March 3, 2010

Stymied ship unsnarls sticky knot in red tape

By Bill Nemitz

(Continued from page 1)

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Photo by Bill Nemitz/Staff Writer: Sea Hunter owner Greg Brooks, right, confers with Coast Guard Lt. Cmdr. Michael Lingaitis, left, and inspector Paul Bates aboard the Sea Hunter Friday morning. Looking on is Chief Engineer Brian Ryder of West Bath.

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''(Stowe) told me where she was coming from, what she thought needs to be done, and I think I can fit the bill there without too much pain,'' Devins said. ''And it sounds like they've been going through a lot of pain down there'' in Haiti.

Friday's activities began with a meeting -- half strategy session, half pep talk -- between Brooks and his crew on the bridge of the Sea Hunter.

''This is going to be the day that decides what happens here,'' Brooks told the 10 crew members and two volunteers, all but three of whom are from Maine.

''We started this -- and we should finish it,'' Brooks said. ''We all know that this aid is going to save people's lives.''

Moments later, the crew fanned out among the dozens of pallets on the ship's main deck -- many of them still soaked from three major storms encountered by the Sea Hunter during its 11-day voyage down the East Coast.

Upon discovering that several of the dockside containers were not completely full, the crew opened deck space by transferring most of the pallets into the containers with the ship's 40-ton crane.

''It was back-breaking,'' said deckhand Shawn Jordan, 31, of South Portland. ''But it was worth it.''

By late afternoon, under growing pressure by dock owner Bernuth Marine Shipping Inc. to finish the loading operation, the crew stepped back as container after container was nestled into the ever-shrinking deck space.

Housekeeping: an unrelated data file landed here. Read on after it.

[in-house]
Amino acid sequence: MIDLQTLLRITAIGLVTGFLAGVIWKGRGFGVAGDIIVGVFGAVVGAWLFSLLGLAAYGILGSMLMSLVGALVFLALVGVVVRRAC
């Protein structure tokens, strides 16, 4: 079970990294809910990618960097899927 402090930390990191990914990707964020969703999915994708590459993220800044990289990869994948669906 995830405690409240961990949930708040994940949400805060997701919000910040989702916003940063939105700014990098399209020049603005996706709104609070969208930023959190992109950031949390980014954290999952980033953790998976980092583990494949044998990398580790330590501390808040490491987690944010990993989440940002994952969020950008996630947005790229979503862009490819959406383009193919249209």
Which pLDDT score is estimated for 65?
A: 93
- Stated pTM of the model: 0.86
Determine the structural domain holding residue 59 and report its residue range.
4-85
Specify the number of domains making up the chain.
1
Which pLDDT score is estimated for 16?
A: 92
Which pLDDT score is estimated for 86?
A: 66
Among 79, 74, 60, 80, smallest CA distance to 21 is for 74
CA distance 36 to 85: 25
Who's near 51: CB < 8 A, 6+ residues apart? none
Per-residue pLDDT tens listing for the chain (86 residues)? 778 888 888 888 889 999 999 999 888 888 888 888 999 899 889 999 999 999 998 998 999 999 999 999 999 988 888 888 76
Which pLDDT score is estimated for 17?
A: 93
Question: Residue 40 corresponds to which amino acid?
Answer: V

''I was ecstatic when they all fit -- everybody was,'' said Stephanie Ferrante, 28, of Portland, who serves as marine archaeologist during the Sea Hunter's normal treasure-salvage operations.

While the crew labored, Chief Engineer Brian Ryder, 37, of West Bath and volunteer Dan Kidd, 61, a mechanical engineer from Limington, hunched over a laptop computer and a calculator. Their task: to perfect a loading plan to keep the ship stable with its now-estimated 200 tons of cargo.

Shortly after they finished, Coast Guard Lt. Cmdr. Michael Lingaitis and inspector Paul Bates came aboard.

They sat with Brooks for almost an hour in the galley, reviewing the Coast Guard's hold order and setting the various licensing and safety benchmarks to have it lifted.

''We're willing to work with you,'' Lingaitis told Brooks. ''Let's keep discussing this.''

Brooks later said that despite the regulatory setbacks, his hopes for reaching Haiti remain undimmed. ''I'm hoping there's a solution in sight,'' he said.

He's hardly alone.

Cynthia DeSoi of Greene is medical director of Hope Village, the orphanage in Les Cayes founded eight years ago and still run by the Rev. Marc Boisvert, a Roman Catholic priest who grew up in Lewiston.

In an e-mail Friday, DeSoi said she flew home to Maine on Thursday evening after spending the past two weeks at Hope Village.

The supplies aboard the Sea Hunter are needed now more than ever, DeSoi reported: The orphanage, home to 600-plus boys, just agreed to take in 100 more who have arrived since the earthquake Jan. 12 ravaged Port-au-Prince, 140 miles to the east.

''We were really counting on the supplies aboard that ship to provide for them,'' DeSoi wrote. ''There are so many hopes riding on that vessel.''


Columnist Bill Nemitz can be contacted at 791-6323 or at:


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